The Hollywood Reporter, Mary J. Blige, Jessica Chastain, Allison Janney, Jennifer Lawrence, Saoirse Ronan, Emma Stone

Ruven Afanador/The Hollywood Reporter

For The Hollywood Reporter's annual Actress Roundtable, held Nov. 11, the magazine asked Mary J. Blige, Jessica Chastain, Allison Janney, Jennifer Lawrence, Saoirse Ronan and Emma Stone to talk about their experiences in Hollywood—good and bad. And, given the number of high-profile men accused of sexual abuse and harassment, the six actresses had a lot to discuss.

"The entertainment industry is kind of the stage on which you can see the inner workings of problems that are all over the world," said Lawrence, who won an Oscar in 2013. "If a flight attendant comes forward about a pilot, it doesn't end up in the news because nobody knows about it. That doesn't mean that there's less sexual abuse going on anywhere else in the world, in any other place of work," she argues. "But fortunately, we're starting the conversation now."

Lawrence hopes that "eventually" the culture will change. "I think it's going to be a while. It's deeply ingrained, unfortunately. It's kind of this social proof in some way of your masculinity."

The Hollywood Reporter, Jennifer Lawrence

Ruven Afanador/The Hollywood Reporter

Though she's currently the highest paid actress in Hollywood, Lawrence started a discussion about wage inequality in a Lenny Letter, after a Sony hack revealed she and Amy Adams made less than their male American Hustle co-stars. Today, she says, "It's much easier for me now to be paid fairly. The reason I spoke out about it was really—we're in the industry, everybody is looking at us, if we're going through this, every woman in the world is going through this. But the real problem is the normalization of it. It's the reason why your agents don't think twice about paying you a third of your [co-star's salary] because it's been so normalized for so long."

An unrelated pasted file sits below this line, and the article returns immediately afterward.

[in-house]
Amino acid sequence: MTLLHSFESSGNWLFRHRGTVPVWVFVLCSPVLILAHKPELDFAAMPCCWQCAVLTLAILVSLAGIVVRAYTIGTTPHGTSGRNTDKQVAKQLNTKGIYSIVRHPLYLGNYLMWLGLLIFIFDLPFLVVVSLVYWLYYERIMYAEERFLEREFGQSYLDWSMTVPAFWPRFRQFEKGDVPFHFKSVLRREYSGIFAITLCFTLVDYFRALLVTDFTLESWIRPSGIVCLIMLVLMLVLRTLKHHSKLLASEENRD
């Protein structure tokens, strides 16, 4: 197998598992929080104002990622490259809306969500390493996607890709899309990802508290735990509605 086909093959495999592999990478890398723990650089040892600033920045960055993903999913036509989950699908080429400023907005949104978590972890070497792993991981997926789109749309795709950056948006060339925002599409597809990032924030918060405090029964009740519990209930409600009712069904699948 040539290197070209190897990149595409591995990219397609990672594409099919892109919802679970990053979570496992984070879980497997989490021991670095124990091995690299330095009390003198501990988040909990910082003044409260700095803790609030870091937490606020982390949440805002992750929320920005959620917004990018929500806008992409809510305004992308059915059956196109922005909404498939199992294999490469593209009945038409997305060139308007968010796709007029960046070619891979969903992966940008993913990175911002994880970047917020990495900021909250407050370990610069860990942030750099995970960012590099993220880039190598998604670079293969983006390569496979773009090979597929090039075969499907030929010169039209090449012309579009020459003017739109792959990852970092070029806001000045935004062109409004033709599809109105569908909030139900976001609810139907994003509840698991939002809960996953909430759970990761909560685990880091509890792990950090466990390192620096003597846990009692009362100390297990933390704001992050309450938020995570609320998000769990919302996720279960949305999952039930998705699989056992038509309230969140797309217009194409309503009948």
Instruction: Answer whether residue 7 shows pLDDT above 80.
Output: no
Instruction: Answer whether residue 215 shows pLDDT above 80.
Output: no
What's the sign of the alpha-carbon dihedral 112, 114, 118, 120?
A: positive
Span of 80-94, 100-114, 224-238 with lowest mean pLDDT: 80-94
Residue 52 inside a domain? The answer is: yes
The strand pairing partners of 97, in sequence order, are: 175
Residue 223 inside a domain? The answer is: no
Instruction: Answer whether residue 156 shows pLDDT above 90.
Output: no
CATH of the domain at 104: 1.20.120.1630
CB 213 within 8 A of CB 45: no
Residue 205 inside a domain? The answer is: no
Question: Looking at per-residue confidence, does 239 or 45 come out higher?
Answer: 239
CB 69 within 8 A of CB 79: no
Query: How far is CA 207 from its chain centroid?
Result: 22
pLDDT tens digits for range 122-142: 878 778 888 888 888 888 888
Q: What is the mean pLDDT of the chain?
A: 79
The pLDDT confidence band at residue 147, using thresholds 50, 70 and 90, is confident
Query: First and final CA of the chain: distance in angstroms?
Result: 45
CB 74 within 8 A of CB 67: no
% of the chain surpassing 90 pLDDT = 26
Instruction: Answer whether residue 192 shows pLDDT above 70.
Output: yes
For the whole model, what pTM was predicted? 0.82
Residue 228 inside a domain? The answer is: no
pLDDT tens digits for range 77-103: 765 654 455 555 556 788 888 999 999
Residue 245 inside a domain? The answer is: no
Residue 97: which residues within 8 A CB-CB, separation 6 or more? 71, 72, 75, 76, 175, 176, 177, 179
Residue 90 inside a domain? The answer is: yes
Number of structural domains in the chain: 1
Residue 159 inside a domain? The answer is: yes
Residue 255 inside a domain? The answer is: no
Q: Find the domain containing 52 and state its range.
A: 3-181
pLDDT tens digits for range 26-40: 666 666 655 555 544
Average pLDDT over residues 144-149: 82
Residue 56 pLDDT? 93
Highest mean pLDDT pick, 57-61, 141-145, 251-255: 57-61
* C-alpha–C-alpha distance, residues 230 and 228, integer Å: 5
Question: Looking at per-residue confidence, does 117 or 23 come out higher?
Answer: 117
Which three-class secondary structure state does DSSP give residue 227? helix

It's not the only instance of sexism Lawrence has faced on set. "I've had this happen: I finally made the decision to stand up for myself, and then I went to go to the bathroom at work and one of the producers stopped me and was like, 'You know, we can hear you on the microphone; you've been really unruly.' Which was not true, but basically my job was threatened because the director said something f--ked up to me and I said, 'That's sick, you can't talk to me like that,' and then I was punished, and I got afraid that I wasn't going to be hired again," she says. Without naming the director in question, she recalls, "I was called 'difficult' and a 'nightmare.'"

For reasons like that, Lawrence says, "I think a lot of people aren't coming forward because they're afraid they're not going to work again. You need to be able to say, 'This is wrong,' and have somebody do something about it, instead of saying, 'Oh, it's wrong? Well, you're fired.'"

Pick up the Nov. 15 issue of The Hollywood Reporter for more from its Actress Roundtable.

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